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-   -   1980 gs850g ? (http://www.advrider.com/forums/showthread.php?t=833404)

elementalg20 10-11-2012 09:25 AM

1980 gs850g ?
 
I've found what looks like a clean project, what concerns me most is the owner says it uses a little oil, not sure on what his definition of a "a little" might be.

It also needs a cam chain tensioner(owner says chain needs tightened up). I'm assuming it needs a tensioner, and possibly a new chain, how are is that on these bikes?

Bike has 40k miles on it and looks clean and stock, does have a burned out baffle as well, "good" front and rear tires for the asking price of $900.

I've been considering something more like an ST1100 but I've developed some more wants and know I won't really use the bike a ton as I don't have time for alot of trips(if any). I'd like something good for 2up afternoon rides, commuting and just farting around. Maybe once or twice a year go on a ride with my father in law on his 81ish goldwing.

This is the bike in question, I apologize if I'm not supposed to link to CL....

http://desmoines.craigslist.org/mcy/3315306433.html (I'm not selling this or advertising intentionally, only considering buying it myself)

zap2504 10-11-2012 12:07 PM

The definitive resource site is http://www.thegsresources.com/
I believe the frames from both the 850G and 1000G are the same (the cruiserish L or chain-drive1000E models IDK); I prefer the G model (shaft drive) in this weight category; looks like exhausts from the earlier GS750s fit the 850

Heavy, stable bike; looked at one this past Spring but decided it needed more work than the purchase price warranted. For $900 I would want a lot more road-worthyness.

Tripletreat 10-11-2012 09:37 PM

I don't know. That looks like a pretty good project to me. It runs well enough for the owner to be willing to let prospects ride it. That's gotta be a good sign. A runner for under a grand! The bike looks clean and well cared for.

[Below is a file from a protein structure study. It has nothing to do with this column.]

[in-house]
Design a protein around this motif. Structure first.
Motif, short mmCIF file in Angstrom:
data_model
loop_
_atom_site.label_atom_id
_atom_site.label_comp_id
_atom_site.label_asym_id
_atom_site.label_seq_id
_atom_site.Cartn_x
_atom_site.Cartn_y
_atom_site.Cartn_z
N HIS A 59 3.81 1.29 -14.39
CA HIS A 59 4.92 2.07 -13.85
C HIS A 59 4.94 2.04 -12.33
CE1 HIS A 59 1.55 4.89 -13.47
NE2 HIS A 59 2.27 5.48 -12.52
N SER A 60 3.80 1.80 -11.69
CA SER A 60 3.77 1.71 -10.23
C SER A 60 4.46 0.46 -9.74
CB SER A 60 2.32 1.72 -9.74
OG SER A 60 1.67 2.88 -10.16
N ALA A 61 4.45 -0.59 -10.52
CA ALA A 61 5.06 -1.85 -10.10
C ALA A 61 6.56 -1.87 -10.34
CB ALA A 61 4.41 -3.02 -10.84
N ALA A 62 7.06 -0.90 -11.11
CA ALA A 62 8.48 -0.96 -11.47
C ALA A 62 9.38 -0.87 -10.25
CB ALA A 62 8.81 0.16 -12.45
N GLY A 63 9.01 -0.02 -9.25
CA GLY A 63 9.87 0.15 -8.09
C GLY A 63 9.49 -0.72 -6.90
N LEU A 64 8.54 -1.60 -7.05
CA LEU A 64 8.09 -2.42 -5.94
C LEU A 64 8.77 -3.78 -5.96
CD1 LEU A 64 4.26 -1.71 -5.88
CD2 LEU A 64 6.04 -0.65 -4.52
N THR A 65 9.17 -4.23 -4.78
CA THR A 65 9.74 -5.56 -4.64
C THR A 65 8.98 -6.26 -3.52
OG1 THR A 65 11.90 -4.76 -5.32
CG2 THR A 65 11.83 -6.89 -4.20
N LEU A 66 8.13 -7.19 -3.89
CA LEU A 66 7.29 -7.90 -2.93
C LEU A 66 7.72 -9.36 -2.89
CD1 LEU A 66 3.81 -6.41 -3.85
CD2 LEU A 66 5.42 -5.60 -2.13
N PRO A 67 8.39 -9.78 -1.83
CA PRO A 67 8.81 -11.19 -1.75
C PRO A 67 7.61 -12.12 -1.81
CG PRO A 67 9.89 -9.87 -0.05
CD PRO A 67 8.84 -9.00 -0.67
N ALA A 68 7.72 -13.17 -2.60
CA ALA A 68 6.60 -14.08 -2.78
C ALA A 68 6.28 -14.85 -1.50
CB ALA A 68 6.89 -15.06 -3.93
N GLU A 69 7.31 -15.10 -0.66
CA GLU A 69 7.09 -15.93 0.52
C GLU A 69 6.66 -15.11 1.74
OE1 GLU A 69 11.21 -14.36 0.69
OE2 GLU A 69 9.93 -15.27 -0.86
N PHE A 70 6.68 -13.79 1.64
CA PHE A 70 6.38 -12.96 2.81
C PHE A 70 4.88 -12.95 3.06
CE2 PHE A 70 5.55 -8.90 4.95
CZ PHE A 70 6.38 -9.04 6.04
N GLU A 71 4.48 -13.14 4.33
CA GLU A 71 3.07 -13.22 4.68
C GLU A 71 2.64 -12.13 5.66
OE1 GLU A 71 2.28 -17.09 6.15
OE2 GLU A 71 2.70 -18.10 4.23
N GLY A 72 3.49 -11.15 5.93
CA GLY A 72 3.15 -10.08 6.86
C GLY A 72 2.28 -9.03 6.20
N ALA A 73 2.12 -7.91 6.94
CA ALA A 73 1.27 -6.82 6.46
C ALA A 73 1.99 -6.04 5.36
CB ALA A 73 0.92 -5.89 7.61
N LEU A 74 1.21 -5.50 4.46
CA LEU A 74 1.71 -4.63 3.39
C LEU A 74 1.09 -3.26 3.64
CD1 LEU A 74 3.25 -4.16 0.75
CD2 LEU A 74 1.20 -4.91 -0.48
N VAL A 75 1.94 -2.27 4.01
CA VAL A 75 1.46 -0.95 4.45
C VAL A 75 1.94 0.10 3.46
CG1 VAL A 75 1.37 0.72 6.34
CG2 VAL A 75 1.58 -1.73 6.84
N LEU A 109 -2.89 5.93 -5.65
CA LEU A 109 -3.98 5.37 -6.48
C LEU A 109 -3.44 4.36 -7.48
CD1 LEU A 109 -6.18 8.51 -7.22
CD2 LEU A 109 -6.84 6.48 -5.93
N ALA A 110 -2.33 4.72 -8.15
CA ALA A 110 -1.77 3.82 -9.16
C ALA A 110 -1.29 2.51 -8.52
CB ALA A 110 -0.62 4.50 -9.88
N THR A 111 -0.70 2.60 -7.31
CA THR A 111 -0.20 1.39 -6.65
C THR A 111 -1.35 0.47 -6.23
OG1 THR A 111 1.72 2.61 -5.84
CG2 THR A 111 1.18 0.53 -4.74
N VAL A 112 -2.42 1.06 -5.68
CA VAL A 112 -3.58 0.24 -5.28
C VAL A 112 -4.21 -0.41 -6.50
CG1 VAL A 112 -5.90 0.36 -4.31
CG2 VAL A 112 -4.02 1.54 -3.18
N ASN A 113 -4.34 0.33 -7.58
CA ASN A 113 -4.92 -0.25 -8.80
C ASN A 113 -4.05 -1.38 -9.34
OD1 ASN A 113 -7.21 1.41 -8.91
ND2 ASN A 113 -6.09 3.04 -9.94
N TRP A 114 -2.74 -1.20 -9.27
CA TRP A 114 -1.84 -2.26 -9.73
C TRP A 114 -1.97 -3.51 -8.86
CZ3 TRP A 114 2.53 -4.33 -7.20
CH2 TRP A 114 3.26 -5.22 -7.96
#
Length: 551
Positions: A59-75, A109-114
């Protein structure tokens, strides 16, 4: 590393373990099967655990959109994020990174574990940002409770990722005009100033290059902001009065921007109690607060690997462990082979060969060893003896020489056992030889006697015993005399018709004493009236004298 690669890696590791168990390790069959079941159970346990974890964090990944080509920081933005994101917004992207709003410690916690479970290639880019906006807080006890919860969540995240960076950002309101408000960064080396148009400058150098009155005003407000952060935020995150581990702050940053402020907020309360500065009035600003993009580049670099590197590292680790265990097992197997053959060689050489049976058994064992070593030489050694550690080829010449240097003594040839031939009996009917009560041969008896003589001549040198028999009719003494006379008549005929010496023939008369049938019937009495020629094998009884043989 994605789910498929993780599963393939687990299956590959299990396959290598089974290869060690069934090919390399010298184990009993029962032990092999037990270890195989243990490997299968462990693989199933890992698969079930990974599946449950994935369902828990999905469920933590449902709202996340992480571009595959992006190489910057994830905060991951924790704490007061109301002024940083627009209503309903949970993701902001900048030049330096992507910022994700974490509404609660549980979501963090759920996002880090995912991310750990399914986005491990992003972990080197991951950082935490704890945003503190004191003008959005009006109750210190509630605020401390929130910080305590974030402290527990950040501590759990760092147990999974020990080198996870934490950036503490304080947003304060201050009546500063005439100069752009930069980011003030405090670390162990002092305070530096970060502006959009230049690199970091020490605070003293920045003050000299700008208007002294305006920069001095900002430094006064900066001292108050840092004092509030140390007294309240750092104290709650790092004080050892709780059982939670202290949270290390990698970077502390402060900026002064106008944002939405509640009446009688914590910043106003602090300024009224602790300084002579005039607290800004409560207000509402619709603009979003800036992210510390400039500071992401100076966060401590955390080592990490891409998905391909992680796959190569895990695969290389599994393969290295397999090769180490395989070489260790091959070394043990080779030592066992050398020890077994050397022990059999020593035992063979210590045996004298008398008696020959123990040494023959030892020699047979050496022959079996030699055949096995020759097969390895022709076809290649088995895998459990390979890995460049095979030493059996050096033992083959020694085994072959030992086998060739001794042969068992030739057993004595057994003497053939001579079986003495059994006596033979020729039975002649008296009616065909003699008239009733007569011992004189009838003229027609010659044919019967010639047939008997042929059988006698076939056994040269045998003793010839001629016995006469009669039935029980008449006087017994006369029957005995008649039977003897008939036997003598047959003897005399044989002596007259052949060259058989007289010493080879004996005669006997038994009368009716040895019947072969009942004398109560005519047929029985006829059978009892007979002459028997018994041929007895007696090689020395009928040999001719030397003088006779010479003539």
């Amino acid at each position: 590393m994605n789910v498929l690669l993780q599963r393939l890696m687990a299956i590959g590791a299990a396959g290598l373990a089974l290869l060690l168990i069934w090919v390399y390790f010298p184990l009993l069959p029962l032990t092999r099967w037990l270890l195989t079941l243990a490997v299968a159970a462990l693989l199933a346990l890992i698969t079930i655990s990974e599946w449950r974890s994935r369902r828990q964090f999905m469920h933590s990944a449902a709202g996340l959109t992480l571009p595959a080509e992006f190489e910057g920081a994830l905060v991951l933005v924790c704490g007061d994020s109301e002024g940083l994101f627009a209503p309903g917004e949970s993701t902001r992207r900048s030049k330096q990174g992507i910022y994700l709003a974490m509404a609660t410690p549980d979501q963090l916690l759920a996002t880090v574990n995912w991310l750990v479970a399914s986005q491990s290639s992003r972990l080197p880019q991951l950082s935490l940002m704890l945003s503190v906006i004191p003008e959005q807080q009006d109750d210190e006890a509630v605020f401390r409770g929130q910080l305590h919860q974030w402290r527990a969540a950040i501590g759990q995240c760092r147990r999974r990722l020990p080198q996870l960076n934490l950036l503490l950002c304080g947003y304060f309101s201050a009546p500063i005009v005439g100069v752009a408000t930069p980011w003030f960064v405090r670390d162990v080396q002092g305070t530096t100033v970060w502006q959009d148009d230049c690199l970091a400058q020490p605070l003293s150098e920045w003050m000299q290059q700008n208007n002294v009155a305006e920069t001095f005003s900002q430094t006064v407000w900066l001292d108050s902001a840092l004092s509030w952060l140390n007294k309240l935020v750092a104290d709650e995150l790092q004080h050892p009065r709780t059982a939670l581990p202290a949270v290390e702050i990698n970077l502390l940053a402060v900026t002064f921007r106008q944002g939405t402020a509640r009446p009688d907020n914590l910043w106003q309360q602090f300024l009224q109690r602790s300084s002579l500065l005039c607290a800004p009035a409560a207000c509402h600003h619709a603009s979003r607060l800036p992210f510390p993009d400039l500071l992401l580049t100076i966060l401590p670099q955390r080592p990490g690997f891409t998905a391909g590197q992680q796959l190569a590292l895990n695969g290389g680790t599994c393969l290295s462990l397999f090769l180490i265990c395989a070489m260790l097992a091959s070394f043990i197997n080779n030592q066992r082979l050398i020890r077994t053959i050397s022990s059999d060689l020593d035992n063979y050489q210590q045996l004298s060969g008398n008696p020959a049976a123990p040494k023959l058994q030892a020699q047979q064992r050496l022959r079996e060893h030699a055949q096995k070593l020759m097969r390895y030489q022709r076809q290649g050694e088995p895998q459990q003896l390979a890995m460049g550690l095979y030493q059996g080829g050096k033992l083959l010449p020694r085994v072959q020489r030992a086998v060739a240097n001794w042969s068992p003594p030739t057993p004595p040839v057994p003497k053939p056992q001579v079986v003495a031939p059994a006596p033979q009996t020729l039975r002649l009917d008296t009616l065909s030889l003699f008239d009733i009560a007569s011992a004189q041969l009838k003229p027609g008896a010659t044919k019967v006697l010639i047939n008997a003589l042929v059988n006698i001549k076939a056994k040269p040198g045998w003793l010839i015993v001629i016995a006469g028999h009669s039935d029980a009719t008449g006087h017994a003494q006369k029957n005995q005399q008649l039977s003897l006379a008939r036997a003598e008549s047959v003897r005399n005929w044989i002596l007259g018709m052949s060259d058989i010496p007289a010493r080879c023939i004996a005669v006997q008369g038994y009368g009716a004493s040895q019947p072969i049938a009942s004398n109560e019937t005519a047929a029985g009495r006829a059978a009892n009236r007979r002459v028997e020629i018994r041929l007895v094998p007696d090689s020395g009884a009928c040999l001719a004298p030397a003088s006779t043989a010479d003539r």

I've never owned a Suzuki, but I've heard that Suzuki has a record of not providing much support for its older bikes. Do check out the availability of parts before you jump into this. That could be the deal breaker for me.

bmwhacker 10-14-2012 05:26 PM

I just looked at this 79 GS850G this afternoon. It's not near as clean as the 80 model you're looking at.
Guy wants $350.00 for it. Fairly new looking Dunlop tires and a newer battery. Appears to be pretty much unmolested. Electric starter doesn't work. Not even a peep out of it. Maybe a relay? Over all it doesn't look too bad for $350.00. Needs a good clean up and has 17k miles.

Carbs need attention. Float(s?) sticking and it dumped some gas out when I turned the fuel on.

I'm gonna sleep on it but think I'll probably take it. Since I can't hear it run I think I'll check the compression prior to any $$$$ changing hands.

https://lh6.googleusercontent.com/-j...0/IMG00126.jpg


https://lh3.googleusercontent.com/-1...0/IMG00125.jpg

baloneyskin daddy 10-14-2012 05:56 PM

They're bulletproof and run forever but will use a little oil. Cam chain tensioners were automatic but some misinformed mechanics were known to lock them in one position with the scew and locknut used for assembly purposes. One problem I had with the 650's and 850 shaftys was they were geared to short and were really humming at highway speeds.

dbarale 10-17-2012 04:02 AM

Quote:

Originally Posted by baloneyskin daddy (Post 19817945)
They're bulletproof and run forever but will use a little oil. Cam chain tensioners were automatic but some misinformed mechanics were known to lock them in one position with the scew and locknut used for assembly purposes. One problem I had with the 650's and 850 shaftys was they were geared to short and were really humming at highway speeds.

These engines are tough but, yes, they use oil. I had two, a '79 and an '81. Both used about 1 qt between oil changes. They ran fine though and one of them reached 100,000 km without problems.

The cam chaim was making a lot of noise so I replaced it, still made a lot of noise...

These heavy bikes are sensitive about tires, lots of weight and not a lot of rubber. Make sure you don't go too cheap on those.

As with all 80's bikes, make sure the forks, shocks, head bearings, and swingarm bearings are in good shape. Makes a huge difference in handling.

Mine had a fork brace and steel brake lines, I highly recommend them. Also make sure to replace the brake pads with newer ones with a better compound, even if they still look OK.


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